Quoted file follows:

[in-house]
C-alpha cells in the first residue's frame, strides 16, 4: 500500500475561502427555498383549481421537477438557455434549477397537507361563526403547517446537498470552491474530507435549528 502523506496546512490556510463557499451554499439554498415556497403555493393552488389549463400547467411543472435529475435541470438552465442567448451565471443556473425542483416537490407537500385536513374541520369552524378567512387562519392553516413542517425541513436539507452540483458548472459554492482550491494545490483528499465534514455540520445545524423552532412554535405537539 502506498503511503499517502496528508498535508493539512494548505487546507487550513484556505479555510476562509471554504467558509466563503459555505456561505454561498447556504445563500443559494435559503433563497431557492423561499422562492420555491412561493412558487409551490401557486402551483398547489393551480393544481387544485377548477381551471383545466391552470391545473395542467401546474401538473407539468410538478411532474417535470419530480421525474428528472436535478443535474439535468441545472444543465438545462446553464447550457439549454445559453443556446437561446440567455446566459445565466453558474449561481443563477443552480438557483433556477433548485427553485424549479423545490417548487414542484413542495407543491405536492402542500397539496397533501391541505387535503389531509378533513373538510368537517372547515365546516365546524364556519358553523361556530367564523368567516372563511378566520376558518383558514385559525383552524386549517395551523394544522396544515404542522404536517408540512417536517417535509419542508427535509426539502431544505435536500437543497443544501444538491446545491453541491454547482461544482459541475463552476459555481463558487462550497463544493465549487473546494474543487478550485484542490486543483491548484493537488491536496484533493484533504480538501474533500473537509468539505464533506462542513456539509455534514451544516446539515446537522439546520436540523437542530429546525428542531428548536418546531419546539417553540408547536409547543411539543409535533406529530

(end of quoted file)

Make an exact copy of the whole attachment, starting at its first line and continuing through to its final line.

[in-house]
C-alpha cells in the first residue's frame, strides 16, 4: 500500500475561502427555498383549481421537477438557455434549477397537507361563526403547517446537498470552491474530507435549528 502523506496546512490556510463557499451554499439554498415556497403555493393552488389549463400547467411543472435529475435541470438552465442567448451565471443556473425542483416537490407537500385536513374541520369552524378567512387562519392553516413542517425541513436539507452540483458548472459554492482550491494545490483528499465534514455540520445545524423552532412554535405537539 502506498503511503499517502496528508498535508493539512494548505487546507487550513484556505479555510476562509471554504467558509466563503459555505456561505454561498447556504445563500443559494435559503433563497431557492423561499422562492420555491412561493412558487409551490401557486402551483398547489393551480393544481387544485377548477381551471383545466391552470391545473395542467401546474401538473407539468410538478411532474417535470419530480421525474428528472436535478443535474439535468441545472444543465438545462446553464447550457439549454445559453443556446437561446440567455446566459445565466453558474449561481443563477443552480438557483433556477433548485427553485424549479423545490417548487414542484413542495407543491405536492402542500397539496397533501391541505387535503389531509378533513373538510368537517372547515365546516365546524364556519358553523361556530367564523368567516372563511378566520376558518383558514385559525383552524386549517395551523394544522396544515404542522404536517408540512417536517417535509419542508427535509426539502431544505435536500437543497443544501444538491446545491453541491454547482461544482459541475463552476459555481463558487462550497463544493465549487473546494474543487478550485484542490486543483491548484493537488491536496484533493484533504480538501474533500473537509468539505464533506462542513456539509455534514451544516446539515446537522439546520436540523437542530429546525428542531428548536418546531419546539417553540408547536409547543411539543409535533406529530